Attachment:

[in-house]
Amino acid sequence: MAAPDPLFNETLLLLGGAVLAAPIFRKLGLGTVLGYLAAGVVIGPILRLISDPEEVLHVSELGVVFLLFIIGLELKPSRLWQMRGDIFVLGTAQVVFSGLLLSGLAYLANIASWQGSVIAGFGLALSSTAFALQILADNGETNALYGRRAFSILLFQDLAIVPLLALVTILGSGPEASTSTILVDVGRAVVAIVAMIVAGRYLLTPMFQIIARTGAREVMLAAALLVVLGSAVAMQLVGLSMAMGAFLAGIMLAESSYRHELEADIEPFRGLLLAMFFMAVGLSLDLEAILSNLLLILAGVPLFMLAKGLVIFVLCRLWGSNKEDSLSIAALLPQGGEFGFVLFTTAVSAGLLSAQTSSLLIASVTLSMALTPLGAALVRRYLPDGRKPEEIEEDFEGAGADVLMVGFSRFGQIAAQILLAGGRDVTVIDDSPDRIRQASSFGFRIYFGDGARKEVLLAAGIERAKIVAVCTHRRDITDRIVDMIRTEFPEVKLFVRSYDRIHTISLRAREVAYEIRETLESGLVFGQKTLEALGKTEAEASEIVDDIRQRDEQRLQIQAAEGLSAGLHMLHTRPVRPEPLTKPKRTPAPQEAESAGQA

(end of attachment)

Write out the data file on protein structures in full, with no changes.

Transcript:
[in-house]
Amino acid sequence: MAAPDPLFNETLLLLGGAVLAAPIFRKLGLGTVLGYLAAGVVIGPILRLISDPEEVLHVSELGVVFLLFIIGLELKPSRLWQMRGDIFVLGTAQVVFSGLLLSGLAYLANIASWQGSVIAGFGLALSSTAFALQILADNGETNALYGRRAFSILLFQDLAIVPLLALVTILGSGPEASTSTILVDVGRAVVAIVAMIVAGRYLLTPMFQIIARTGAREVMLAAALLVVLGSAVAMQLVGLSMAMGAFLAGIMLAESSYRHELEADIEPFRGLLLAMFFMAVGLSLDLEAILSNLLLILAGVPLFMLAKGLVIFVLCRLWGSNKEDSLSIAALLPQGGEFGFVLFTTAVSAGLLSAQTSSLLIASVTLSMALTPLGAALVRRYLPDGRKPEEIEEDFEGAGADVLMVGFSRFGQIAAQILLAGGRDVTVIDDSPDRIRQASSFGFRIYFGDGARKEVLLAAGIERAKIVAVCTHRRDITDRIVDMIRTEFPEVKLFVRSYDRIHTISLRAREVAYEIRETLESGLVFGQKTLEALGKTEAEASEIVDDIRQRDEQRLQIQAAEGLSAGLHMLHTRPVRPEPLTKPKRTPAPQEAESAGQA